Acting out of spite, as in sending someone on a wild-goose chase when you know they will not find what they are looking for.
Humiliating a person, such as reminding someone of his previous immoral behavior.
Frightening people by getting enraged at them.
Ona’as devarimis painful for people of all ages, but can be particularly devastating if an adult is interacting with a child and intentionally or unintentionally uses words to hurt that child. Children will often think that adults know better, therefore if an adult is telling them something that is hurtful it must be true. This will lead to an internalization of the comment that can cause irreparable damage.
Children with Other Children: School Bullies
Today, many schools have adopted a zero-tolerance policy for bullying. Yet, the problem still exists, prompting bullied children to miss school days because they fear going to school.
What types of children are singled out for bullying? Often, they are different in some way: the way they talk, their name, the way they look or their family structure. But, more often, the common denominator is that children who are bullied do not fight back. Bullies tend to seek out those who will not defend themselves. Remember, a bully is looking for power and most of the time is trying to show everyone how tough he or she is. What better way to do that than to find someone who won’t fight back?
How can we as parents or teachers combat bullying in the classroom? There is no curriculum for opposing bullying, however, there are ways to build a better school community:
* Make getting to know each other part of the school curriculum. This way, students will not be singled out because they are different or “weird.”
* Eliminate hierarchy. Don’t allow the same students to be the monitors or helpers every single day.
* If you see bullying, immediately say, “We don’t do that here.” Subsequently, report the problem to the principal.
As adults, we are responsible for creating safe environments for our children, in and out of school.
Solutions Outside of the Classroom
The first step towards combating verbal abuse or bullying is to develop sensitivity towards the feelings of others. To better understand others, we can ask them to share with us how they feel about our words and actions. We can treat each person as an individual, recognizing that what might hurt one person might not hurt another. Most importantly, we can decide never to intentionally hurt someone with our words, regardless of how frustrated or angry we might be at that moment. Social skills training can enable us to think before we speak, gain confidence in our own achievements, and acquire dignity when interacting with others.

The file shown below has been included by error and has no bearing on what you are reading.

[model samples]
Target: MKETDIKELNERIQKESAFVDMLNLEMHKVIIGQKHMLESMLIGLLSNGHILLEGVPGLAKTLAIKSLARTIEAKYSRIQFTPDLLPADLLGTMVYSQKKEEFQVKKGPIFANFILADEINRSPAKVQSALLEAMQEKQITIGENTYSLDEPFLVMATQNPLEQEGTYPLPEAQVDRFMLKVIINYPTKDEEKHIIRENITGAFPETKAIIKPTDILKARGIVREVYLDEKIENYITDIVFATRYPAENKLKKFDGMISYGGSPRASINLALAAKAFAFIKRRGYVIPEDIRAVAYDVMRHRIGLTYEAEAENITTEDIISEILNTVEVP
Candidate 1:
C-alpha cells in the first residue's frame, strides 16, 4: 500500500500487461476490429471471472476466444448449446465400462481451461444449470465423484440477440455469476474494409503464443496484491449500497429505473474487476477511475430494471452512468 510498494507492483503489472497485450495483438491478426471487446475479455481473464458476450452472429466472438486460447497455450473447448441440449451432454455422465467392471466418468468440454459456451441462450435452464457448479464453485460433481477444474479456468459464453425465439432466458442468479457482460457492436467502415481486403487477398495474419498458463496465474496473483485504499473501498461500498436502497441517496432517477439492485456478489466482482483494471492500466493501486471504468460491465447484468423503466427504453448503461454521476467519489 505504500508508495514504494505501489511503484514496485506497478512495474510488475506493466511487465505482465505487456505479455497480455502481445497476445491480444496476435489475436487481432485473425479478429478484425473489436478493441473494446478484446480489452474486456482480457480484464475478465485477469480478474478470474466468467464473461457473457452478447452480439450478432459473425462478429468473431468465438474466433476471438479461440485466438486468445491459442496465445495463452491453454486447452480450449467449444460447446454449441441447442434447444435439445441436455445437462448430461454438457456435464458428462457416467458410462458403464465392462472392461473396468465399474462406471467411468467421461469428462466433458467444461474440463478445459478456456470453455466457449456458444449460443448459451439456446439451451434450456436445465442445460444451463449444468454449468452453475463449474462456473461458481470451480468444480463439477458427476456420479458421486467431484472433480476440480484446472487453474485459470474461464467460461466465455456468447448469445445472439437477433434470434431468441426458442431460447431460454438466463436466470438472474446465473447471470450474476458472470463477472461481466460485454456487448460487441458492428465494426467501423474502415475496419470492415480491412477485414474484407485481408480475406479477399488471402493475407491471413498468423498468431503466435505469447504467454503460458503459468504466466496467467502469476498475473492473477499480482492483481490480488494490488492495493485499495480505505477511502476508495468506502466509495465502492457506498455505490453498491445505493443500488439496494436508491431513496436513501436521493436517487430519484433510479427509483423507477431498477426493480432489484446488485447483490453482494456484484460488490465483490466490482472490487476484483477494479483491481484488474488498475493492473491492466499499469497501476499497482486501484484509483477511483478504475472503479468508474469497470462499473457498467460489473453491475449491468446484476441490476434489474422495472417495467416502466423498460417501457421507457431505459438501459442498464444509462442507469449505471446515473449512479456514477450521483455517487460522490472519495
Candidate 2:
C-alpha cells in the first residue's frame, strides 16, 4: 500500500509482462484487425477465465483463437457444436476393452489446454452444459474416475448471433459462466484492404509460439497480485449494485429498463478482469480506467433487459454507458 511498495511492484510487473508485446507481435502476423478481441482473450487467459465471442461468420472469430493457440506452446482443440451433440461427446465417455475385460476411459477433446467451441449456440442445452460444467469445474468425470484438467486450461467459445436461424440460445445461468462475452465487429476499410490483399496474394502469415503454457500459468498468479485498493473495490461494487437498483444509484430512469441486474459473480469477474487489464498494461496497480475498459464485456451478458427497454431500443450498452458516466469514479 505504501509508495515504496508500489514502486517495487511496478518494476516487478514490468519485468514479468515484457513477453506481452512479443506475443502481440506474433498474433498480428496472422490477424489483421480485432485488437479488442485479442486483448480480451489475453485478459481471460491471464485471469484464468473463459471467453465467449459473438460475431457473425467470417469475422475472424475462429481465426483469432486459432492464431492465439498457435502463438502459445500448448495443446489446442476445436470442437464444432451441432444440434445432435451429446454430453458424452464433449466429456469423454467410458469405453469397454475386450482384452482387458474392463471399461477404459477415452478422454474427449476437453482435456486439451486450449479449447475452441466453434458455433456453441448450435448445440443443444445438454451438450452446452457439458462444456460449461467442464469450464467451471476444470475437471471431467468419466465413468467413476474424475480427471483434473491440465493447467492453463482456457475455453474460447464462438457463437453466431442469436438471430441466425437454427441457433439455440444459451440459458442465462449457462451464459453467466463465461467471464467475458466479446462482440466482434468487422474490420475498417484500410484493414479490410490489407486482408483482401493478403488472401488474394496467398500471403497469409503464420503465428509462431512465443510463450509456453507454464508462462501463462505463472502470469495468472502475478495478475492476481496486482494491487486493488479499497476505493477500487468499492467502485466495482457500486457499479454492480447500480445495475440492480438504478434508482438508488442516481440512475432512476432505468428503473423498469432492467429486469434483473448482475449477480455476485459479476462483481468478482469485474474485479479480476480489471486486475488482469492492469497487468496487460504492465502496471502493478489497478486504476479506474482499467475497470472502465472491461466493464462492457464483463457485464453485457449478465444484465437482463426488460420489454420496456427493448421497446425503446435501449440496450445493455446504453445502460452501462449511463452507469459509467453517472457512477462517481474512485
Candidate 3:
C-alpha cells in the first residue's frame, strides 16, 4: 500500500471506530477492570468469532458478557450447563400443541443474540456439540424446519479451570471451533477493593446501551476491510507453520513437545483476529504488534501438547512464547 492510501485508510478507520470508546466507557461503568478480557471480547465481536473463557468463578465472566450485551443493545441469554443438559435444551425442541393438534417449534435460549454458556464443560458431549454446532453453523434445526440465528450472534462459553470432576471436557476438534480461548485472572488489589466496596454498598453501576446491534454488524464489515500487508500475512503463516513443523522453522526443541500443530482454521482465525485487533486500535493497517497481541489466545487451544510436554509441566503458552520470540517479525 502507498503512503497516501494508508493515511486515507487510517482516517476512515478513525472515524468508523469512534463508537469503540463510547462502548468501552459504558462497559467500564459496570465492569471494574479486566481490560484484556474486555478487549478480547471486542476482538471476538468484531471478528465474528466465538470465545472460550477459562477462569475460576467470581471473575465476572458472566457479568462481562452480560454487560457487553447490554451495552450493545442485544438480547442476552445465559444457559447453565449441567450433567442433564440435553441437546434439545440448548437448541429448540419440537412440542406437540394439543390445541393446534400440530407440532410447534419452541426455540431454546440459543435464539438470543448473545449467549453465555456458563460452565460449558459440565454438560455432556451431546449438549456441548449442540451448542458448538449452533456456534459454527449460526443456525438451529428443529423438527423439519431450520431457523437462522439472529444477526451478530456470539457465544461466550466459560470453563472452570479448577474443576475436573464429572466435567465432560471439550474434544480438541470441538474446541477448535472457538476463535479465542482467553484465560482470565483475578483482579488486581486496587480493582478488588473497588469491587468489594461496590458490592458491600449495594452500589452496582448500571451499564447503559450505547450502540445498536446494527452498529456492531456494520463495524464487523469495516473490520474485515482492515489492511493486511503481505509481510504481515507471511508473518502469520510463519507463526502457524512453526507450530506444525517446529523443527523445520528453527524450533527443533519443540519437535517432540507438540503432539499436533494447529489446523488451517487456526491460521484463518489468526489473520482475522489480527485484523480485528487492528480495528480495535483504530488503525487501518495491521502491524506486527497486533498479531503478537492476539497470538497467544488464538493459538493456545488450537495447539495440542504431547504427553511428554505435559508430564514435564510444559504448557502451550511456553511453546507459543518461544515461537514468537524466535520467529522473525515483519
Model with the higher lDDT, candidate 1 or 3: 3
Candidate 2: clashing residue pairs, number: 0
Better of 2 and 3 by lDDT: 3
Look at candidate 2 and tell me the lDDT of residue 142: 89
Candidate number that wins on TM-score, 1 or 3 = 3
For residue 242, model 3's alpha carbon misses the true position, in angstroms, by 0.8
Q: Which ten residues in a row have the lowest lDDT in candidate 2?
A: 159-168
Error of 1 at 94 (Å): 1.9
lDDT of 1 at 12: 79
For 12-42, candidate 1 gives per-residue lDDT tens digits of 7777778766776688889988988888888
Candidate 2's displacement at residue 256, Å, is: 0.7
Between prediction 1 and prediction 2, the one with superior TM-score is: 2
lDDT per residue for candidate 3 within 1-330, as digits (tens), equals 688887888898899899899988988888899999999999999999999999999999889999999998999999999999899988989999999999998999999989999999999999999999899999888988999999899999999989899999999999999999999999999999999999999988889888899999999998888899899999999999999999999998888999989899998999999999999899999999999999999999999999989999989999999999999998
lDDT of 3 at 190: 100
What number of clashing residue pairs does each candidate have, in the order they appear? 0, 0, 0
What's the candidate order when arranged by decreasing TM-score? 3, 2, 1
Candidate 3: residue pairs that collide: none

Perhaps a mashal or parable can help us better understand this. There is a famous story about two men having a contest on the beach, each attempting to be taller than the other. While one man was digging a hole next to his opponent, the other was building a small hill to stand on. Perhaps the best way to combat ona’as devarim or verbal abuse is to emulate the second man: build your own hill. Instead of digging underneath others in order to put them down, build yourself up through acts of compassion, chesed, and charity.
An acclaimed educator and education consultant, Mrs. Rifka Schonfeld has served the Jewish community for close to thirty years. She founded and directs the widely acclaimed educational program, SOS, servicing all grade levels in secular as well as Hebrew studies. A kriah and reading specialist, she has given dynamic workshops and has set up reading labs in many schools. In addition, she offers evaluations G.E.D. preparation,, social skills training and shidduch coaching, focusing on building self-esteem and self-awareness. She can be reached at 718-382-5437 or at firstname.lastname@example.org.Rifka Schonfeld
About the Author: An acclaimed educator and social skills specialist, Mrs. Rifka Schonfeld has served the Jewish community for close to thirty years. She founded and directs the widely acclaimed educational program, SOS, servicing all grade levels in secular as well as Hebrew studies. A kriah and reading specialist, she has given dynamic workshops and has set up reading labs in many schools. In addition, she offers evaluations G.E.D. preparation, social skills training and shidduch coaching, focusing on building self-esteem and self-awareness. She can be reached at 718-382-5437 or at email@example.com.